Could Cardinals make a change at closer?

June 25th, 2016

SEATTLE -- A month that opened with manager Mike Matheny insisting that there would be no changes coming to the closer's role is now nearing an end with growing uncertainty surrounding that spot.

After nudging their way ahead of the Mariners during a three-run eighth, the Cardinals watched it all dissolve for naught as Trevor Rosenthal failed to retire any of the three batters he faced in the ninth. Adam Lind's walk-off blast capped the comeback by the Mariners, who grabbed a 4-3 win in Friday's series opener to halt the Cardinals' road winning streak at eight.

"I went out there and did my best, gave it everything I've got," said Rosenthal, who suffered his third blown save and took his third loss of the season. "I thought I was making some good pitches and it just kind of happened. It's not fun doing that, but I felt like I had good stuff."

However good Rosenthal has felt, it hasn't translated into a run of success. His season ERA sits at 5.63, and Rosenthal's WHIP (3.00) and ERA (14.14) in the month of June rank second-highest among all National League relievers with at least five appearances.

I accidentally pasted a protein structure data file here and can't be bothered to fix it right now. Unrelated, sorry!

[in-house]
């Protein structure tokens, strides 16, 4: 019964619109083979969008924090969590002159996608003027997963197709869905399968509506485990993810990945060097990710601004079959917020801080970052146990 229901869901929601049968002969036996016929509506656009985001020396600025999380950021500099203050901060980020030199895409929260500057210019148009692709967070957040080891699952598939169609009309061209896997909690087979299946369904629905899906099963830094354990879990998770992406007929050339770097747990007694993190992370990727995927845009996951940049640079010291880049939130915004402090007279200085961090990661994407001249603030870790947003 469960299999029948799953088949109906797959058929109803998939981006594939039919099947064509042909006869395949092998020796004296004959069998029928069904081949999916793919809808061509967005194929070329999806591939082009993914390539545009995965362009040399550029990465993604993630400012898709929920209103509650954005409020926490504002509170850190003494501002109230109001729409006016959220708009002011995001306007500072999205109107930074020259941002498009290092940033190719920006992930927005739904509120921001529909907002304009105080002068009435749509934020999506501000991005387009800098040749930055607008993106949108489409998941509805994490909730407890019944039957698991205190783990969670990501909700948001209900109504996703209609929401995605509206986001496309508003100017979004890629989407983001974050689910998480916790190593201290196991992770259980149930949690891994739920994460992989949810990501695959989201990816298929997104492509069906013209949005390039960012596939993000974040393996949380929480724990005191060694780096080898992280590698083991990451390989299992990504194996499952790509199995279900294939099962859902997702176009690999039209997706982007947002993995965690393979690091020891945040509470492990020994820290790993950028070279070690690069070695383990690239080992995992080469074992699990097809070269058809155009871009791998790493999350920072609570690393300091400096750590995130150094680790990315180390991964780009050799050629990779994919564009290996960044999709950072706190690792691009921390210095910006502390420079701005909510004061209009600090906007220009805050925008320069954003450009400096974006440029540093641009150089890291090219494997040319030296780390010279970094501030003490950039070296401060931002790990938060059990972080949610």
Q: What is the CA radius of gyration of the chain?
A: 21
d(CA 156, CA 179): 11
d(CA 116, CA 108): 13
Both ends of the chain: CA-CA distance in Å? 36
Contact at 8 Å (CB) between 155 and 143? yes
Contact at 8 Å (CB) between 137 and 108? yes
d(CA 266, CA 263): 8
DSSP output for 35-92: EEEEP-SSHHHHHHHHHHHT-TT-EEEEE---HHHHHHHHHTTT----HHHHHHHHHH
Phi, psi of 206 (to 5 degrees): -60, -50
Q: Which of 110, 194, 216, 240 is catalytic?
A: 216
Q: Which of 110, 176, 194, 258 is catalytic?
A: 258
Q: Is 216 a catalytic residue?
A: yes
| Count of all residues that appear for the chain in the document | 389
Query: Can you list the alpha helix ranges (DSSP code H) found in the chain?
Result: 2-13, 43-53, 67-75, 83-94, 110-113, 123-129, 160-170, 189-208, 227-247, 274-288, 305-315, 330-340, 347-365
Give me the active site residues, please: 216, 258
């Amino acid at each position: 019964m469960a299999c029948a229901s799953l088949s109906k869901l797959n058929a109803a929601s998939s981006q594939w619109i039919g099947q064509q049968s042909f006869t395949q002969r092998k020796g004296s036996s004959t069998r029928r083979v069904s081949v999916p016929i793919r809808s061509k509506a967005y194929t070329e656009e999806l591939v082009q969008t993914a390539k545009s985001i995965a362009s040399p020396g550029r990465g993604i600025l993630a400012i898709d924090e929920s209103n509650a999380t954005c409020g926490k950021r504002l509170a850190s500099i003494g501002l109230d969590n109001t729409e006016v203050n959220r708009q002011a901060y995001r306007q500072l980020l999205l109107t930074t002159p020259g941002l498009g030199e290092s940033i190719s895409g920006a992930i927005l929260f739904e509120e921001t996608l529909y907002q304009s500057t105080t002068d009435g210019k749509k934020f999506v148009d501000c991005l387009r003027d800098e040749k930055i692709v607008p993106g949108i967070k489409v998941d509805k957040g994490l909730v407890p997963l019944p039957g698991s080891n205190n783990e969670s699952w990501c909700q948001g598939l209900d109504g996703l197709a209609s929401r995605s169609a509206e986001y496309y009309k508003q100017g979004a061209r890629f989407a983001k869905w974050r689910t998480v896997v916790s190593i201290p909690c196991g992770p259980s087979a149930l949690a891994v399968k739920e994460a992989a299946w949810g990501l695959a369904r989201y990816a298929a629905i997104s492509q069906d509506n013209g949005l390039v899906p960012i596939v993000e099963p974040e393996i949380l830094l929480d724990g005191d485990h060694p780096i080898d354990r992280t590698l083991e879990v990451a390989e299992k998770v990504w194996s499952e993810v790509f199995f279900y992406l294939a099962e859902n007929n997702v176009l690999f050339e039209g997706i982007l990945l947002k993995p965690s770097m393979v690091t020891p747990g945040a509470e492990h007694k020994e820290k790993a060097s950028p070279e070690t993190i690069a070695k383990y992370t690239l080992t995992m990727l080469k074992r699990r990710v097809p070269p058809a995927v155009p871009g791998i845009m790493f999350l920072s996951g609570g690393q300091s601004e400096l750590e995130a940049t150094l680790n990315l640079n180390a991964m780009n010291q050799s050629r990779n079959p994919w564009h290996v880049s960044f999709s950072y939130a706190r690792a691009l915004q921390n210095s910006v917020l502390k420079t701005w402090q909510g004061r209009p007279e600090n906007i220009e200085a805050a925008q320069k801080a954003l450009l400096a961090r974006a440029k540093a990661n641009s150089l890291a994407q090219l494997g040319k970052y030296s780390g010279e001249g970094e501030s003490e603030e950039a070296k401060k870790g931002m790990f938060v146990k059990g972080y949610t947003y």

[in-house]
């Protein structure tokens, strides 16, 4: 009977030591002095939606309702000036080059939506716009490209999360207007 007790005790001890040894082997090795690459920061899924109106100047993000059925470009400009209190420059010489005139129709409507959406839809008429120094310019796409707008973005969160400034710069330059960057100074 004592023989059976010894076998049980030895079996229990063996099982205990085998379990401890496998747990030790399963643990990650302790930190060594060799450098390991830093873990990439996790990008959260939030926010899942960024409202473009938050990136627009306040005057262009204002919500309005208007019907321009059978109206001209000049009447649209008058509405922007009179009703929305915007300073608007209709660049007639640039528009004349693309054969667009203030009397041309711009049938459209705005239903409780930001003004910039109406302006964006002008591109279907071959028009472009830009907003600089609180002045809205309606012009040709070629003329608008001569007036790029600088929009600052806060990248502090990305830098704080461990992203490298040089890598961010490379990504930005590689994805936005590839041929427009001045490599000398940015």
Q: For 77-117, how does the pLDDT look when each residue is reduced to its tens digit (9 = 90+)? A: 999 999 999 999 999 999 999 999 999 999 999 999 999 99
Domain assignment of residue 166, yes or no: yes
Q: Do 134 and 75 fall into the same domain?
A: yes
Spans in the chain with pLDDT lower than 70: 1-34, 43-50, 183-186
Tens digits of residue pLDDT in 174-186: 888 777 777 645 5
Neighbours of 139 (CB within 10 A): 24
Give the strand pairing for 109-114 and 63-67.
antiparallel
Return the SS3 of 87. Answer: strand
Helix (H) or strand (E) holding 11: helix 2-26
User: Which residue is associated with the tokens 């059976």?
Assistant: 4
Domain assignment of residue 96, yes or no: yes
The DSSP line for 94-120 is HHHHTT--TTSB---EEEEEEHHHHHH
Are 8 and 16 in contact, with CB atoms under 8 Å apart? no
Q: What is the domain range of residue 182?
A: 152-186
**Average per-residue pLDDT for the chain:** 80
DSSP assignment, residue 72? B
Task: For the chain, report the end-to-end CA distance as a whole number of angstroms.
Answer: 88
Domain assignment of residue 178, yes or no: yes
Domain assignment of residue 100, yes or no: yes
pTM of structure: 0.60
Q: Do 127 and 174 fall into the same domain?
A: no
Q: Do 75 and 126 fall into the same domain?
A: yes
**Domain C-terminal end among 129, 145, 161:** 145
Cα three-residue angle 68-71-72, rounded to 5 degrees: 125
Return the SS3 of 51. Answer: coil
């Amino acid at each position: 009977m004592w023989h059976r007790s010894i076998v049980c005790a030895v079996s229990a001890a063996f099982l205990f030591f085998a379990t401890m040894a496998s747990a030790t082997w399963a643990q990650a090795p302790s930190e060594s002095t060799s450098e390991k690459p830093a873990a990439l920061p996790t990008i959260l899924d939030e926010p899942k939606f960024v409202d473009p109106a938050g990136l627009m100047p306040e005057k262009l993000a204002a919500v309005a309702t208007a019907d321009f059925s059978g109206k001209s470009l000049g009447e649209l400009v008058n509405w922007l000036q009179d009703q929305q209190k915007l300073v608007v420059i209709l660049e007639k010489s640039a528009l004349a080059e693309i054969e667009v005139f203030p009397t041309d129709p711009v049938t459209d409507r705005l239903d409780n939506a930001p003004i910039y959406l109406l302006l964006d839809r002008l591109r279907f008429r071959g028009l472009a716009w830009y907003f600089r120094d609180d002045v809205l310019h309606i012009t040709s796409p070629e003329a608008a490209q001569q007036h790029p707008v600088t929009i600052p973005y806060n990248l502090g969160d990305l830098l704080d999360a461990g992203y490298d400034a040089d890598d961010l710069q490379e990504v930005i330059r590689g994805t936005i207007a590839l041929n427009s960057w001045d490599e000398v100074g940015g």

And after repeatedly denying that the club was considering a closer's change, Matheny sounded much less assured of staying the course after Friday's defeat.

"Yeah, I don't know," he said when how the team moves forward with Rosenthal in that role. "I don't know the answer right now."

It was a sharp departure from Matheny's response after Rosenthal had the same result -- three batters faced, three runs allowed -- in his first appearance of June. After that outing, Matheny was emphatic that "there's not going to be a new closer."

The Cardinals haven't made a closer's swap since late in 2013, when Rosenthal took over ninth-inning duties. A change now would likely hand the job over to Seung Hwan-Oh, whose season ERA sits at 1.66 after a 1-2-3 inning on Friday. Before signing with the Cardinals in January, Oh had a decorated career closing games in Korea and Japan.

Asked if he felt he was losing his grips on the job, Rosenthal shrugged.

"I don't know," he replied. "I'm showing up ready to go. I feel like I have good stuff and am giving it my best out there. I can't really comment on what hasn't happened."

Friday's outing unraveled quickly for Rosenthal, who allowed a leadoff double before losing Dae-Ho Lee to a full-count walk. That free pass was the 21st allowed by the righty, whose walk rate of 7.9 follows three seasons in which he averaged 3.6 walks per nine innings.

"It might be trying to be too fine early in counts," Rosenthal said, trying to explain the jarring spike. "I just have to go out there and [throw strikes]. It's pretty simple. It's what we're trained to do. It's nothing new. It's nothing I don't know how to do or need to learn to do, I just have to do a better job of it."

After putting the potential tying runs on base, Rosenthal turned his attention to Lind, who was 2-for-6 off him previously. Lind tattooed a 1-1 changeup 417 feet into the right-field seats. It marked the third time in Rosenthal's last 11 appearances that he was not able to record an out.